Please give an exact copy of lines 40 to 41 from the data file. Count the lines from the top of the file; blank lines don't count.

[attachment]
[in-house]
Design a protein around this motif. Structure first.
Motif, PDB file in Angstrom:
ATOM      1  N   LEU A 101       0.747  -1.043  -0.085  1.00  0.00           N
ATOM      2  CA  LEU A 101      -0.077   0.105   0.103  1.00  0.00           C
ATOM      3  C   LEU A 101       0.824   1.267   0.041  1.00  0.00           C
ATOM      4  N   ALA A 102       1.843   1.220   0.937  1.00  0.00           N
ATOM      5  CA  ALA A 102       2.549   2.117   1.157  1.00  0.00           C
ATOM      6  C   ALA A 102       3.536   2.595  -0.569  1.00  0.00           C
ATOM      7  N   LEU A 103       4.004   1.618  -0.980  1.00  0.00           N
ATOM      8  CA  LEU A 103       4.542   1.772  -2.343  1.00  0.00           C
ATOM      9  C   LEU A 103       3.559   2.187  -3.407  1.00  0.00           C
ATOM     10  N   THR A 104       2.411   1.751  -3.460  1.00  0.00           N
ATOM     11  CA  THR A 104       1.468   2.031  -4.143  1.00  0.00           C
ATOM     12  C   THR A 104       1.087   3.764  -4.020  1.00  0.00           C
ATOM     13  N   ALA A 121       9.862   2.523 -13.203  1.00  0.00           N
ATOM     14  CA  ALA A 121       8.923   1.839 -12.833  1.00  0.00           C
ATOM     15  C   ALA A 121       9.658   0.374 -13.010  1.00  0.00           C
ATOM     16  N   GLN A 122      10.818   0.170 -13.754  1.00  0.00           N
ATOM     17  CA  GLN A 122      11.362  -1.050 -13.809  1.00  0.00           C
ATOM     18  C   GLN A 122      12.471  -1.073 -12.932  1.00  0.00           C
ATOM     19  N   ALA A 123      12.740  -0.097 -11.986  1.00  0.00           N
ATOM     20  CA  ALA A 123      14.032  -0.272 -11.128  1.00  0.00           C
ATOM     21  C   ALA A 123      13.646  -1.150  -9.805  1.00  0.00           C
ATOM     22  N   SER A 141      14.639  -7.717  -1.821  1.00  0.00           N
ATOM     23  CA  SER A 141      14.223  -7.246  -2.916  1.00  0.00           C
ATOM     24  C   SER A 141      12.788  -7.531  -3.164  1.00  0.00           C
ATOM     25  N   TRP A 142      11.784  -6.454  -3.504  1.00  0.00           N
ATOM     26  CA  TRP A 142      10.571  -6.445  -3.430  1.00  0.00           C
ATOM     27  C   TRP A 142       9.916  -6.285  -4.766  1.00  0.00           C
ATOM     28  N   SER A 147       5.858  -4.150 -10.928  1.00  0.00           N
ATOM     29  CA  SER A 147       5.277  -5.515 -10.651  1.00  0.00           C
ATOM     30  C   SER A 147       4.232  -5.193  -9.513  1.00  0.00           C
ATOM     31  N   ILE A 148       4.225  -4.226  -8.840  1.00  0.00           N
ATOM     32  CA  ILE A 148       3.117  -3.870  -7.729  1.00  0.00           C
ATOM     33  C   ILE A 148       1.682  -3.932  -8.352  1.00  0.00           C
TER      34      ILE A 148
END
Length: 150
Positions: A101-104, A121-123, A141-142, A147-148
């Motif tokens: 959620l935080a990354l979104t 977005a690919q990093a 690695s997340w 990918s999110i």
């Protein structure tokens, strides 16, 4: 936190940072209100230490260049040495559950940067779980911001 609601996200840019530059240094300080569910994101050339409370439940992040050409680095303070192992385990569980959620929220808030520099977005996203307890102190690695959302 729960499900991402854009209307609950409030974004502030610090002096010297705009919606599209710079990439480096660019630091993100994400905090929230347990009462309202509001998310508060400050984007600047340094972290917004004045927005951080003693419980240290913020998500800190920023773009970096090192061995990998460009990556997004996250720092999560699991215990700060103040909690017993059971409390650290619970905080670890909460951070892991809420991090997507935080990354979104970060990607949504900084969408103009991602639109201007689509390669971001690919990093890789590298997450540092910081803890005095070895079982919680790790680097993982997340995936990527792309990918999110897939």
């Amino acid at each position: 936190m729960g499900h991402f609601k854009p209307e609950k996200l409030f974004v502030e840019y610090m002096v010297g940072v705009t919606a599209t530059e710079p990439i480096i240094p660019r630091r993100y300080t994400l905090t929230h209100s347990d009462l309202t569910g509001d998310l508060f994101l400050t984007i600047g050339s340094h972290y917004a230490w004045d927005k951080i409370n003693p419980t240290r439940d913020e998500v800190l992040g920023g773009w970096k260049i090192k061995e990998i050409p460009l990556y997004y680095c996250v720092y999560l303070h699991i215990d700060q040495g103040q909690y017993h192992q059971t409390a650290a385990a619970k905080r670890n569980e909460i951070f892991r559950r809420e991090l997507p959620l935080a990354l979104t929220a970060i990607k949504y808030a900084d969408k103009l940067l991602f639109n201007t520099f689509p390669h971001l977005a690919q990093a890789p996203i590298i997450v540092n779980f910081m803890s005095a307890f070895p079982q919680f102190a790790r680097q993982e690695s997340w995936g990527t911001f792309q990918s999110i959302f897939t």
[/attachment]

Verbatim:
Positions: A101-104, A121-123, A141-142, A147-148
């Motif tokens: 959620l935080a990354l979104t 977005a690919q990093a 690695s997340w 990918s999110i």